The personalities are captured bravely: Carmen Callil proves hard to work with from the start, always exacting about her own vision and uncompromising throughout. It IS brave, I think, to write about such people when they’re still around and about, and she does it carefully. Goodings is celebratory of the readers, which is lovely but also politic, given the audience for this book. She shares feedback from people who feel they’ve grown up alongside Virago (I feel that, too, with “Frost in May” being one of the first I read and gulping down loads of their early Modern Classics as a teenager in the 80s), and reminding us that Dorothy Whipple, who Carmen famously refused to republish, was eventually vindicated by Persephone (she is very generous about the other small (feminist and not so feminist) presses) and even mentioning the sad cessation and glorious return during the celebration reprints of the green spine.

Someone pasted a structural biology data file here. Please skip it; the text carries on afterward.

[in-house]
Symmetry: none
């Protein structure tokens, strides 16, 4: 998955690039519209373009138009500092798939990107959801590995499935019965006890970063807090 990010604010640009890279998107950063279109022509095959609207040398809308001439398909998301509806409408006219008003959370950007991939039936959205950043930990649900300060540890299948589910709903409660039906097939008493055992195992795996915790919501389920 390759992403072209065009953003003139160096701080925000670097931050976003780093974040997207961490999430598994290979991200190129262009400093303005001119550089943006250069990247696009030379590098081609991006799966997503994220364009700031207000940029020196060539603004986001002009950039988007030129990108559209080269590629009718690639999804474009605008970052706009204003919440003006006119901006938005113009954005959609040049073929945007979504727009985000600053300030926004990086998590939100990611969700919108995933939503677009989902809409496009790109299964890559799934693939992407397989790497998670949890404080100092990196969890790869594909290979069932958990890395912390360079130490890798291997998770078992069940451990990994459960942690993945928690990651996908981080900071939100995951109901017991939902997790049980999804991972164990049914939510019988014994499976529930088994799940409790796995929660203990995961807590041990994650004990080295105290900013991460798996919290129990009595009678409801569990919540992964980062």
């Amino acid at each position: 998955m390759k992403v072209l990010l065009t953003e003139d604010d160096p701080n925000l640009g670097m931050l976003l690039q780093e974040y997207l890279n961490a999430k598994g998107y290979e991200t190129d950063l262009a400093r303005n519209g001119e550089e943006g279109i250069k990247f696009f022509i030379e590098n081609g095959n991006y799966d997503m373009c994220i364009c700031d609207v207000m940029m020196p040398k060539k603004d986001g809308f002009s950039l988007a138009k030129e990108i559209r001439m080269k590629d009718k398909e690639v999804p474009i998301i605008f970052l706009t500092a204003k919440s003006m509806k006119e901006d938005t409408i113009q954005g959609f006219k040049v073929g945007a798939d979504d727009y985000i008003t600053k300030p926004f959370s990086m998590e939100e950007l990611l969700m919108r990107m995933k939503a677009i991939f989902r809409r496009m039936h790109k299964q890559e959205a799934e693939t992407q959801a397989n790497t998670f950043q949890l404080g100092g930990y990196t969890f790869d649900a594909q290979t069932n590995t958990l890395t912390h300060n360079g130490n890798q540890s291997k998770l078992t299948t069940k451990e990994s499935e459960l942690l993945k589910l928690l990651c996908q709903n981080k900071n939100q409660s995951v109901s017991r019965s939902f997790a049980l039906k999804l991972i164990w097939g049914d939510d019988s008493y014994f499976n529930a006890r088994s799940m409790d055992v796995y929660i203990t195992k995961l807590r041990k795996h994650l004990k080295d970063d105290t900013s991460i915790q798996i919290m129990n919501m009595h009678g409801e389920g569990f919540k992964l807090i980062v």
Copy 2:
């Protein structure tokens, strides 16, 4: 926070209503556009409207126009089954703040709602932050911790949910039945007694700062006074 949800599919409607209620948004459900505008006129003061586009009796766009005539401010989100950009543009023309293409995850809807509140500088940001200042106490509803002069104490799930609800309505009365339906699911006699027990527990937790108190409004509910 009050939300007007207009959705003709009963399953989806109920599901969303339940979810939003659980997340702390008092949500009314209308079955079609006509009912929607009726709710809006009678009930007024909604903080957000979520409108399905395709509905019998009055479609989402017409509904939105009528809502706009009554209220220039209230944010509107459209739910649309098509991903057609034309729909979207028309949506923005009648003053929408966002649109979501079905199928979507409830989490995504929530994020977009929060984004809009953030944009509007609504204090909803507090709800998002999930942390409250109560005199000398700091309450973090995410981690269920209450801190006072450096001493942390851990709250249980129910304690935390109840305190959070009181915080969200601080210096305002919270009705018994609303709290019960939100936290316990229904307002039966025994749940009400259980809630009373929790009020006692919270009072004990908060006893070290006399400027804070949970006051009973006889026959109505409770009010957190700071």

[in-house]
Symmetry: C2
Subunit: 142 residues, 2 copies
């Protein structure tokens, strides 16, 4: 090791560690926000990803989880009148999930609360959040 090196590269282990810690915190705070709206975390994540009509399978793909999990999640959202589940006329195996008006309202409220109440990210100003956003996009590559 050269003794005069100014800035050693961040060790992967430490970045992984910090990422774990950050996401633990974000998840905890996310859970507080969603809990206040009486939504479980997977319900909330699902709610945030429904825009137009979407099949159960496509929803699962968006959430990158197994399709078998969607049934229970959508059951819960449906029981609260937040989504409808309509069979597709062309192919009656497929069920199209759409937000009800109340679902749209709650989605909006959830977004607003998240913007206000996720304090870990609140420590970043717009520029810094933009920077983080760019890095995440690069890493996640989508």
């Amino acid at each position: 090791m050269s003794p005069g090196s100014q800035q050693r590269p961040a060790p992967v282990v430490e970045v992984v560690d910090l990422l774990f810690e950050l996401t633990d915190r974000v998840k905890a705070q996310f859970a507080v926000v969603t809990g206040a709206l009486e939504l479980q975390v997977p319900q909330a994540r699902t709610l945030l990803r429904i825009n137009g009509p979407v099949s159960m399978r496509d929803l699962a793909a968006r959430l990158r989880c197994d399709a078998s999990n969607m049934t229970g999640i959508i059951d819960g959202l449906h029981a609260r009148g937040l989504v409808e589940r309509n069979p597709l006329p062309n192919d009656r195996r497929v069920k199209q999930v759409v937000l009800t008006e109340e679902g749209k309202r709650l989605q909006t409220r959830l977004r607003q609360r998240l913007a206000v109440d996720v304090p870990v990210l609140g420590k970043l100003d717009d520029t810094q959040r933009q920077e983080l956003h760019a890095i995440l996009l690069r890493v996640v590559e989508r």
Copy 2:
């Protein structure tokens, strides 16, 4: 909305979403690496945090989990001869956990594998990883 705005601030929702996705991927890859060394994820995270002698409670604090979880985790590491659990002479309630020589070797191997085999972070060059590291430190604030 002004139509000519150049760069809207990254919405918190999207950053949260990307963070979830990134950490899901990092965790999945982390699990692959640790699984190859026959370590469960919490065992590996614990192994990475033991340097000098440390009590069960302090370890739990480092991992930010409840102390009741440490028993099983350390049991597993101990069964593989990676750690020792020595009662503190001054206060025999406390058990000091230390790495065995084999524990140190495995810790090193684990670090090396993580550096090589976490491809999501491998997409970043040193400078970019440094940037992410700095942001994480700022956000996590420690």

The book is careful about intersectionality, sharing the gut-wrenchingly horrific experience of inadvertently sidelining authors of colour from an early event, bringing out the lack of diversity in women’s prize lists and discussing changes which are happening now in the publishing industry. It was good to see Goodings addressing this side of publishing and the care she put into that.

I found this an excellent and fascinating book all round, and one to treasure and re-read.


What’s the narrative thread running through your life? I feel like mine is being behind the scenes, helping organise things but keeping a low profile, helping books get talked about, helping my authors and clients’ words get on the published page while being invisible myself, hopefully being a stalwart support but also a loud and strong advocate for those less able to advocate for themselves, using my privilege for others where I can. Hm, maybe. Aaaaanyway. More reviews to come but I fear I will have review lag again as I have one more novel (my Paul Magrs – I haven’t forgotten my challenge!) and then two sets of three books left to write about this month!